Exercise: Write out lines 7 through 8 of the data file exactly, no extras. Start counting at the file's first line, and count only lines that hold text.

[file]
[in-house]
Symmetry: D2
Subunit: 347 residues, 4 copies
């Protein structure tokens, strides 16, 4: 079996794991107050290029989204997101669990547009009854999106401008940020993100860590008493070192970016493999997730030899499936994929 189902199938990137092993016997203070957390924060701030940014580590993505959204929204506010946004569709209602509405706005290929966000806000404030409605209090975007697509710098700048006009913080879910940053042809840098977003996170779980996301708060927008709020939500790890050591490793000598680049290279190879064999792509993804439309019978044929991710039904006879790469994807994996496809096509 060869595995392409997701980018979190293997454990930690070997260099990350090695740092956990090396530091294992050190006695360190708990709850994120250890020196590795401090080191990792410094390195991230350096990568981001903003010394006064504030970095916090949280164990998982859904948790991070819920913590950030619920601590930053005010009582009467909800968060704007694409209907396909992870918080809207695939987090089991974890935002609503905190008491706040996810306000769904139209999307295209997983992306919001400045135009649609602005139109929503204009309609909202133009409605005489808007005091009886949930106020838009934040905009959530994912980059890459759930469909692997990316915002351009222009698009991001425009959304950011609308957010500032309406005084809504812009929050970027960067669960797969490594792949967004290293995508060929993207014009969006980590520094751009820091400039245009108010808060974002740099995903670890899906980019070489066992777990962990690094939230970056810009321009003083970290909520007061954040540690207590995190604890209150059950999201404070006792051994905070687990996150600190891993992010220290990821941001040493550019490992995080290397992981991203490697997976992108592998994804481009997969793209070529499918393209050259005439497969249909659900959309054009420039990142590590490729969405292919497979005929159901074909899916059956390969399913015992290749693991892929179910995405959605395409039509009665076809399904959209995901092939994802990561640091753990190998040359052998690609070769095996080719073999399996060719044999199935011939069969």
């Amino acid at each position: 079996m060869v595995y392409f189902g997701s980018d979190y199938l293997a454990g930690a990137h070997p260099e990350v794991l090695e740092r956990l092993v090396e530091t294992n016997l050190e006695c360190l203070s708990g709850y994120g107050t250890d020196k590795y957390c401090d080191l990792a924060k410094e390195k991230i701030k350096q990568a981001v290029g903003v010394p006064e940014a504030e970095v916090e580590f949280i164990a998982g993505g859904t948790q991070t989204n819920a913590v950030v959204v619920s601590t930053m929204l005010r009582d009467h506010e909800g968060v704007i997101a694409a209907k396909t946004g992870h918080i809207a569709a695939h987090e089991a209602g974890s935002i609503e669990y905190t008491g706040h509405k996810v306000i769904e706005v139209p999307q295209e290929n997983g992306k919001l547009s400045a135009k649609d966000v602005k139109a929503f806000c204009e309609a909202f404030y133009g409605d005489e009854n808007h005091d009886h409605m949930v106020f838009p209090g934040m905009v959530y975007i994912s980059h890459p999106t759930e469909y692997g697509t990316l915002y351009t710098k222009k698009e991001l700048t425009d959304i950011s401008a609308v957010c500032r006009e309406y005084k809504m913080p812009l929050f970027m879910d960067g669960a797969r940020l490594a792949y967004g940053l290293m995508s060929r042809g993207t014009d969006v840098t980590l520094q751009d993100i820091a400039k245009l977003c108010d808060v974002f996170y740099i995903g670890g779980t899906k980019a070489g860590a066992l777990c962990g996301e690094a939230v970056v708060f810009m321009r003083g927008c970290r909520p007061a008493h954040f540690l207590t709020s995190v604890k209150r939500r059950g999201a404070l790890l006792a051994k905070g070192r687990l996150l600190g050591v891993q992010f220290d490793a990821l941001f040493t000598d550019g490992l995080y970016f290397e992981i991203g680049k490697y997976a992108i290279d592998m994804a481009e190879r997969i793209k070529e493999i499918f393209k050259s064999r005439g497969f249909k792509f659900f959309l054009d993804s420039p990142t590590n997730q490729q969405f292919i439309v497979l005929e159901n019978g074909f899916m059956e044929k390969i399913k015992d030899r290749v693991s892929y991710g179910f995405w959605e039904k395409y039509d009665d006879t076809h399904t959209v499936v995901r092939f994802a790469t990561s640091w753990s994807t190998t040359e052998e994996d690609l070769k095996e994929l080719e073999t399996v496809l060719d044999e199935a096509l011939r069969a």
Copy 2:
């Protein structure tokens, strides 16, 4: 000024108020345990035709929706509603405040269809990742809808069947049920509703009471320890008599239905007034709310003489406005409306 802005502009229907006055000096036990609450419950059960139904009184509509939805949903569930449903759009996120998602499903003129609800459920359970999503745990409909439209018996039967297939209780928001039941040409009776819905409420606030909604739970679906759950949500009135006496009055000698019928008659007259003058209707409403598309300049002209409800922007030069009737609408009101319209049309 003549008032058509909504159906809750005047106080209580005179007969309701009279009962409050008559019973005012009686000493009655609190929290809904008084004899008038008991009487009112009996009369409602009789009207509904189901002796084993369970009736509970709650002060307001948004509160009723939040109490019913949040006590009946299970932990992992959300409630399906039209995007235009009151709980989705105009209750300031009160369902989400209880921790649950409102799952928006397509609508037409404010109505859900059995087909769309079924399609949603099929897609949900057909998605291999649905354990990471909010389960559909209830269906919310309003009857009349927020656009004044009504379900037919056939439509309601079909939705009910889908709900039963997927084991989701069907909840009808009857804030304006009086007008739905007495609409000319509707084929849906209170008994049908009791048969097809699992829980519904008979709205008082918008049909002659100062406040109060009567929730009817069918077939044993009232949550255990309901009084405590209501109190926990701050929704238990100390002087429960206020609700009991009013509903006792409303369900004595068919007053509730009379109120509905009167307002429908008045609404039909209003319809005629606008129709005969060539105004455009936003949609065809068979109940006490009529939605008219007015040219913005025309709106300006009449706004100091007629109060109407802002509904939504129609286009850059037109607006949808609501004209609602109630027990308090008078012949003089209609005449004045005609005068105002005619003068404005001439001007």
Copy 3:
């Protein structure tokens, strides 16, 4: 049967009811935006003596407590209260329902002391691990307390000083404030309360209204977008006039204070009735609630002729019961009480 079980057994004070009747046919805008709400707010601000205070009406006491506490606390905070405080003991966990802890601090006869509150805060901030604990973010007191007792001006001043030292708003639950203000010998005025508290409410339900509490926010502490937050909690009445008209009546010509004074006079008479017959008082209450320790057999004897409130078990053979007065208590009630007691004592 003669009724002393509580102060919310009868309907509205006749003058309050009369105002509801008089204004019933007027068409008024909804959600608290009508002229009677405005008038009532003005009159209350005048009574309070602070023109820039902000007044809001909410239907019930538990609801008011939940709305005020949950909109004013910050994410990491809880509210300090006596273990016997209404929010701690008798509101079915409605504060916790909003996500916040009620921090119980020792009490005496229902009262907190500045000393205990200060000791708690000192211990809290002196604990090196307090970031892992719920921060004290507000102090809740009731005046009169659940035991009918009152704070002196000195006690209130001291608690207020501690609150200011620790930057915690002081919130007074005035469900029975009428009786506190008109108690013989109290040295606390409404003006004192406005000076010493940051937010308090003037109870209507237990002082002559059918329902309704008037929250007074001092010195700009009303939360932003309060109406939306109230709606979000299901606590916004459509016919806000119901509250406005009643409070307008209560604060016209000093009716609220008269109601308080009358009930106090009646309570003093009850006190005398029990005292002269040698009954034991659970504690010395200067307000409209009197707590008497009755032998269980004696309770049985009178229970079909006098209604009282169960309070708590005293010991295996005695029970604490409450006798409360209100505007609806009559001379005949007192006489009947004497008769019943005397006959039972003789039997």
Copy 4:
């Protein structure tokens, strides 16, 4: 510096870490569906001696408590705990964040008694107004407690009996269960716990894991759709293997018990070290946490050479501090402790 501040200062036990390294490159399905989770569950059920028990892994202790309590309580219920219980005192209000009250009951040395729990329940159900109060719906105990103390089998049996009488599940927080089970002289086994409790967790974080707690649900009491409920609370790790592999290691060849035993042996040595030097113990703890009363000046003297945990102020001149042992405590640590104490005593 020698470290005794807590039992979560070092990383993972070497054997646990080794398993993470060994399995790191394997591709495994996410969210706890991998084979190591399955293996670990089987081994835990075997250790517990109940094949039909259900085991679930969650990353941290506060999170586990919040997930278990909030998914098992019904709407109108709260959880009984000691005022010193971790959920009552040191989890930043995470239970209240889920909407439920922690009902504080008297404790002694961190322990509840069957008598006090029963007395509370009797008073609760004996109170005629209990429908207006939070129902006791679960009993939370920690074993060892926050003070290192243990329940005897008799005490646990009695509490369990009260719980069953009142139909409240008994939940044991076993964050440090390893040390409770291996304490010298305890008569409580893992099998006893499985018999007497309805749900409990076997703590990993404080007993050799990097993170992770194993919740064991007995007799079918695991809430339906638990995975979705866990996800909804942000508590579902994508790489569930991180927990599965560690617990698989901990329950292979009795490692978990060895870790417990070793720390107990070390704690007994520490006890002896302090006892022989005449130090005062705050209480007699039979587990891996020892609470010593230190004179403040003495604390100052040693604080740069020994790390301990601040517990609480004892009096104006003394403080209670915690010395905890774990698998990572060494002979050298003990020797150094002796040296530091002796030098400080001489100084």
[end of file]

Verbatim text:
């Protein structure tokens, strides 16, 4: 000024108020345990035709929706509603405040269809990742809808069947049920509703009471320890008599239905007034709310003489406005409306 802005502009229907006055000096036990609450419950059960139904009184509509939805949903569930449903759009996120998602499903003129609800459920359970999503745990409909439209018996039967297939209780928001039941040409009776819905409420606030909604739970679906759950949500009135006496009055000698019928008659007259003058209707409403598309300049002209409800922007030069009737609408009101319209049309 003549008032058509909504159906809750005047106080209580005179007969309701009279009962409050008559019973005012009686000493009655609190929290809904008084004899008038008991009487009112009996009369409602009789009207509904189901002796084993369970009736509970709650002060307001948004509160009723939040109490019913949040006590009946299970932990992992959300409630399906039209995007235009009151709980989705105009209750300031009160369902989400209880921790649950409102799952928006397509609508037409404010109505859900059995087909769309079924399609949603099929897609949900057909998605291999649905354990990471909010389960559909209830269906919310309003009857009349927020656009004044009504379900037919056939439509309601079909939705009910889908709900039963997927084991989701069907909840009808009857804030304006009086007008739905007495609409000319509707084929849906209170008994049908009791048969097809699992829980519904008979709205008082918008049909002659100062406040109060009567929730009817069918077939044993009232949550255990309901009084405590209501109190926990701050929704238990100390002087429960206020609700009991009013509903006792409303369900004595068919007053509730009379109120509905009167307002429908008045609404039909209003319809005629606008129709005969060539105004455009936003949609065809068979109940006490009529939605008219007015040219913005025309709106300006009449706004100091007629109060109407802002509904939504129609286009850059037109607006949808609501004209609602109630027990308090008078012949003089209609005449004045005609005068105002005619003068404005001439001007």
Copy 3: